2020 has been a checklist for global disasters: political; environmental, with bush fires and flooding and now a potential pandemic with new cases of Coronavirus or Covid-19 announced daily. Apart from the bizarre stories of stockpiling loo roll, we hear about people self-isolating and, in the case of the state of Lombardy, an entire Italian province under potential lockdown.
What must it be like to be removed or remove oneself from the world?
When I was a teenager, one of my favourite poems was Tennyson’s ‘Lady of Shallot’. The hypnotic rhythm of the verses as well as the choice and placing of words build up to create the horror of her predicament. She must not look out of the window so has to view the outside world through a mirror.
‘There she weaves by night and day/ A magic web with colours gay.
She has heard a whisper say/ A curse is on her if she stay
To look down to Camelot.’
She also has no idea what the curse might be ‘And so she weaveth steadily.’ This builds up to delicious, dramatic climax when ‘half-sick of shadows’ she leaves the tower and island where she has been imprisoned by the curse. You might also recognise her from the paintings of John Waterhouse and other pre-Raphaelites (see above).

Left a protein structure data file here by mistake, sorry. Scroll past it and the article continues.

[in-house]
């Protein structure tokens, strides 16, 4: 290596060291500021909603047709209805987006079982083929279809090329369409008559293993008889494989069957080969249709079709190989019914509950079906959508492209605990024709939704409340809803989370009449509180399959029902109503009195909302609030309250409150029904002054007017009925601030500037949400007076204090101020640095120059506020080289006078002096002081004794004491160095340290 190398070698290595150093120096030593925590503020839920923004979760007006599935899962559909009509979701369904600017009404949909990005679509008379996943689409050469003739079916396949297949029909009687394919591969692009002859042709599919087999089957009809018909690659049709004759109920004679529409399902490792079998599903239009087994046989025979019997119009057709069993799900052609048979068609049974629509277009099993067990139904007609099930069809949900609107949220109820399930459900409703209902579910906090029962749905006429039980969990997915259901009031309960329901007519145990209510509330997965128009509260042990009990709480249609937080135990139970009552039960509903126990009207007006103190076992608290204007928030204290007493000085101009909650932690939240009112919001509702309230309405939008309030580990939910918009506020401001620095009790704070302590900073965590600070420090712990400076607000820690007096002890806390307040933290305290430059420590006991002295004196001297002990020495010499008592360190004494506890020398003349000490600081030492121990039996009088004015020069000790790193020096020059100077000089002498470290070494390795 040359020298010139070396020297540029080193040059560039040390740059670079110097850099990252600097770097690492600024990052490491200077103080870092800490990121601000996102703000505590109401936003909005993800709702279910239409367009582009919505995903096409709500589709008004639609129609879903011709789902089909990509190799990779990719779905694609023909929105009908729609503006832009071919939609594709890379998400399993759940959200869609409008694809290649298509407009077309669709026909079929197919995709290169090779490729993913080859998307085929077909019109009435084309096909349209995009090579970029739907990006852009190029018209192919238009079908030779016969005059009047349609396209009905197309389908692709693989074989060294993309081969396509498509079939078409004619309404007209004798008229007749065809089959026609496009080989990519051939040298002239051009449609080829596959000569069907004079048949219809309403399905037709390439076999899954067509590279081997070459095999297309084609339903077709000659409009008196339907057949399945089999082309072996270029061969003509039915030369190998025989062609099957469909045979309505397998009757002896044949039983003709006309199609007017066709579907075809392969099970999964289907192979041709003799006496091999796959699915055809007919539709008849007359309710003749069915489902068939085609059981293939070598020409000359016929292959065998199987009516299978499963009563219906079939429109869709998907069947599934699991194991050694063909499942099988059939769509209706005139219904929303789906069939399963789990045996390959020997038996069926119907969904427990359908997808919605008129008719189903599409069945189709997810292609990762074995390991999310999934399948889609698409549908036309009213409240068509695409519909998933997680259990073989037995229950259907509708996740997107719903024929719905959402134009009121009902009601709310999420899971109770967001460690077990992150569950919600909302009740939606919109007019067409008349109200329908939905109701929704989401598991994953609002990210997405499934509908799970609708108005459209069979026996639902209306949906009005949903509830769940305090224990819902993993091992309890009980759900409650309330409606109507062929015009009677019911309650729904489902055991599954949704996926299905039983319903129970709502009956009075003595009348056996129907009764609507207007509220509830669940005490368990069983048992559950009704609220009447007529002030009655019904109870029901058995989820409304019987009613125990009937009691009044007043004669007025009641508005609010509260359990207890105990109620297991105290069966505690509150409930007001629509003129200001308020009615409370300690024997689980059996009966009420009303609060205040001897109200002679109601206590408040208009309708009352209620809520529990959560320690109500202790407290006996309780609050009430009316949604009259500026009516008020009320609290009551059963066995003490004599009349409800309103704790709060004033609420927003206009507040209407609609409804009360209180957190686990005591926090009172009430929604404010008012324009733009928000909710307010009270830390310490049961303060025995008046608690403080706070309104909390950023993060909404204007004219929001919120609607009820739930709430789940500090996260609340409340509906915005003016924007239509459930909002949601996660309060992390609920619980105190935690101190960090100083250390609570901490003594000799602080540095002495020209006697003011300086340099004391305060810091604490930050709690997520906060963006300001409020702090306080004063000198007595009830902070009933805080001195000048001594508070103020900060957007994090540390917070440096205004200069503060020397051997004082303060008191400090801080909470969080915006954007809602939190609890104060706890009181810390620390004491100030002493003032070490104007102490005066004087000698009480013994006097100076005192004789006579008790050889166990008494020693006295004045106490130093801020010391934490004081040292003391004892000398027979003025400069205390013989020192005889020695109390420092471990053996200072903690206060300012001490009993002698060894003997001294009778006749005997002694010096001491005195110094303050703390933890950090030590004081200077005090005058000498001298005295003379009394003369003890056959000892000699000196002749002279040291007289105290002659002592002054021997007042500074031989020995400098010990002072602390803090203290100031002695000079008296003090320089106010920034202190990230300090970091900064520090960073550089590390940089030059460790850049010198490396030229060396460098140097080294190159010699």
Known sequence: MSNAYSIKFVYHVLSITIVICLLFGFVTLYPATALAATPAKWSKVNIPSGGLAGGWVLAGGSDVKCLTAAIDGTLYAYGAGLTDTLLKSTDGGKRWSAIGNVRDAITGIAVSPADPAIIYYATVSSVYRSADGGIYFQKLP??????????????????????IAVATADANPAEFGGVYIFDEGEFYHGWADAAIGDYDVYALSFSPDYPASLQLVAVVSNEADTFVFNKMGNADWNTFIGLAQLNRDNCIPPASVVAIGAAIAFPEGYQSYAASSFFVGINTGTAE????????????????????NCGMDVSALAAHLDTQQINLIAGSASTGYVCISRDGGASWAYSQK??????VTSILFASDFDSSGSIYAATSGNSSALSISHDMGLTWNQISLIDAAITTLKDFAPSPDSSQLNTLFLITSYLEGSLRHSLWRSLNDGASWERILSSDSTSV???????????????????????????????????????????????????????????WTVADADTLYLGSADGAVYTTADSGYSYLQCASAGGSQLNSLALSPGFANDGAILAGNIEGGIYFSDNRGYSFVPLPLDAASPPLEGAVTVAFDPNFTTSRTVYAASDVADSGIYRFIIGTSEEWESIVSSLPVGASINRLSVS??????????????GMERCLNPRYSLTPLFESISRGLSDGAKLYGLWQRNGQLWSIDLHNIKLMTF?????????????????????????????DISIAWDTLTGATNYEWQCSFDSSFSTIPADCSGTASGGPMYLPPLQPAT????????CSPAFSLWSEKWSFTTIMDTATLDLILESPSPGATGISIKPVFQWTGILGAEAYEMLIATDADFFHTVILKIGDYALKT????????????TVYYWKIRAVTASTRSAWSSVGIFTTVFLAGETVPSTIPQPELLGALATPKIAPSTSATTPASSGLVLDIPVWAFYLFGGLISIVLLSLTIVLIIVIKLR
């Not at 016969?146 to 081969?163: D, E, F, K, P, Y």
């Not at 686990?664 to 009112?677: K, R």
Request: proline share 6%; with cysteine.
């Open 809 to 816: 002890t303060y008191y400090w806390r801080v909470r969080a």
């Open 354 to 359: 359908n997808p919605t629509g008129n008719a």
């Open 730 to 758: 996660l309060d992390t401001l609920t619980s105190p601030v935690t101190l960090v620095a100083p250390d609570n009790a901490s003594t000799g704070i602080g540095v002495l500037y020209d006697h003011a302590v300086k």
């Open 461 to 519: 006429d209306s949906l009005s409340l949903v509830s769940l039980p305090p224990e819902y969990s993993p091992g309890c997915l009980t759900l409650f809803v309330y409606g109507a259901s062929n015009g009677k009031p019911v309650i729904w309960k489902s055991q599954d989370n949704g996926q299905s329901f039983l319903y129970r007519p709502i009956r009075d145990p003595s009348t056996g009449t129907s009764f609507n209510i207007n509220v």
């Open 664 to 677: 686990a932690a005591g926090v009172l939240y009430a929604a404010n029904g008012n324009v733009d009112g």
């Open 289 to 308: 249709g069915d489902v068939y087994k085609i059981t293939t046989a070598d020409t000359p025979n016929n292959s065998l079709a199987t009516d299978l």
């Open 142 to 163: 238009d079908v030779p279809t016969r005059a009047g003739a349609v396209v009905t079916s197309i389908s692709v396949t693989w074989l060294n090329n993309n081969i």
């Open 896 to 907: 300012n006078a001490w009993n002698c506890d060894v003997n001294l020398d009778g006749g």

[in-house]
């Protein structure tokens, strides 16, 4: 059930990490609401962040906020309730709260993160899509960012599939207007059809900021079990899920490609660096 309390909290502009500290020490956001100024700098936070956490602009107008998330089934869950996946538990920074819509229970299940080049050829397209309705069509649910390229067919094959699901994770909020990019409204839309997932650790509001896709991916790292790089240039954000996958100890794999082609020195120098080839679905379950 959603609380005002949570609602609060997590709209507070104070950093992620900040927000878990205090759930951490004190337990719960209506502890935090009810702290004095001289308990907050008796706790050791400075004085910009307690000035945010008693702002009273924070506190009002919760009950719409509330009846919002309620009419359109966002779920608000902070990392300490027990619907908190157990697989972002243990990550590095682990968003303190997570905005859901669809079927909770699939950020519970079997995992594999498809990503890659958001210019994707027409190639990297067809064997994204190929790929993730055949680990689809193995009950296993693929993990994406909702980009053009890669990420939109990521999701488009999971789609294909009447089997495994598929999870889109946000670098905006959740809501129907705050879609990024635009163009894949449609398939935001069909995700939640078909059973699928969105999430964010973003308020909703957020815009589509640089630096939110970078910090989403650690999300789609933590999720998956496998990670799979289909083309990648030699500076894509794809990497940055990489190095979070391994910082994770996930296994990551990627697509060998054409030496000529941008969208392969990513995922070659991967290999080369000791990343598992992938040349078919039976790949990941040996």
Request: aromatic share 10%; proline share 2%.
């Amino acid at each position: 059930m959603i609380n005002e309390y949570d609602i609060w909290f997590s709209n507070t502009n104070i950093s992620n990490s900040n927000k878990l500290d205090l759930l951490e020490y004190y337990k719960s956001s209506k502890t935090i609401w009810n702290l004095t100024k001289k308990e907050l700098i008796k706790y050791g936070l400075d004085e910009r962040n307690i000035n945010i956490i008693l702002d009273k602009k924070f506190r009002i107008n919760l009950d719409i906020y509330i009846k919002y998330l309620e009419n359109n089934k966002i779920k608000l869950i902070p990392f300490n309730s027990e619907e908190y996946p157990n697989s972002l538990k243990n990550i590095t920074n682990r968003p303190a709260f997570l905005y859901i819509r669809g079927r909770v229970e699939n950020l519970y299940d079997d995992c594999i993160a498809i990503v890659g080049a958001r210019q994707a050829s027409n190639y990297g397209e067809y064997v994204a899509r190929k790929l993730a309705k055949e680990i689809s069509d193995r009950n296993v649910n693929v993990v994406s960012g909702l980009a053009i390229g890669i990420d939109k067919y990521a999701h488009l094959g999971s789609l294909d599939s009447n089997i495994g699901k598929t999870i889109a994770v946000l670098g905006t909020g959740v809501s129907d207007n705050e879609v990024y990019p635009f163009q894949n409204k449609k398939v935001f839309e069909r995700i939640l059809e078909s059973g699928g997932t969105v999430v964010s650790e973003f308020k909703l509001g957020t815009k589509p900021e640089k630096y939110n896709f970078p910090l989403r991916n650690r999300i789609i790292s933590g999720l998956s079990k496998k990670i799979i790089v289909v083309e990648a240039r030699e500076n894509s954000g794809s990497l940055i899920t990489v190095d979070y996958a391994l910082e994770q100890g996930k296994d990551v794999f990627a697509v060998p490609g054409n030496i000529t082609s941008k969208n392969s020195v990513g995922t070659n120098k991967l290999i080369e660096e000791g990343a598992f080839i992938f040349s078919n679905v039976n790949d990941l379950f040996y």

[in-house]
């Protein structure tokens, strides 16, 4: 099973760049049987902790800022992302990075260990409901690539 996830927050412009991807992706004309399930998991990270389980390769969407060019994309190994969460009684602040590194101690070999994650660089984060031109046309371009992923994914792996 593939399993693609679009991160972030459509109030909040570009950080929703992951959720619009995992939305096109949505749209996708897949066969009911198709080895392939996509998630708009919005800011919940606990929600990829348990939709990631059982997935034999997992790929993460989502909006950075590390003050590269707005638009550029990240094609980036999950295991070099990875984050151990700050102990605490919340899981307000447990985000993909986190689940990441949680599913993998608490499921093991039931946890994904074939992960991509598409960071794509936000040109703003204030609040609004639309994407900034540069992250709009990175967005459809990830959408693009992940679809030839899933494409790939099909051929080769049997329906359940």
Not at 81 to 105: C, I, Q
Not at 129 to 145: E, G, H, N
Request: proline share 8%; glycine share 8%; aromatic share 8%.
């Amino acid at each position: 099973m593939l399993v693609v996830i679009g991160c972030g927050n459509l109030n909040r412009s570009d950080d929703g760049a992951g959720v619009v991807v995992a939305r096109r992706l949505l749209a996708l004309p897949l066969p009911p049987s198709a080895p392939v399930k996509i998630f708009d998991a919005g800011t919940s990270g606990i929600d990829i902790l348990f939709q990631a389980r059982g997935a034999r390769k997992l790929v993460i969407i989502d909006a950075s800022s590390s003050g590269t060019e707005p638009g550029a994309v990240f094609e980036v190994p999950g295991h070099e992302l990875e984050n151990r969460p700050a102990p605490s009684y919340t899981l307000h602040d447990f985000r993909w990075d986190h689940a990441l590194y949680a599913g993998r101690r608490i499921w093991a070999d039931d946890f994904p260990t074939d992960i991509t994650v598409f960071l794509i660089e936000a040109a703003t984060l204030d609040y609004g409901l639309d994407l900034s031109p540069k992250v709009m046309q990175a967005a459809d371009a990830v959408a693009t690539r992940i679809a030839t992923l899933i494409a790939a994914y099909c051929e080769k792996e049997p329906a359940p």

This photo was taken in Marrakech a few years ago and made me wonder who might have once sat in the gloomy interior looking out onto a sunny tiled courtyard and, directly opposite, another dark room. Perhaps the room was a refuge from the searing sun? Or something else?
If you need inspiration for your story, think about isolation as a theme or use a poem, a painting or one of your own photos as a starting point. Your story (up to 2200 words) can be on any theme or genre but must reach us by midnight on Monday, April 20th. So get writing!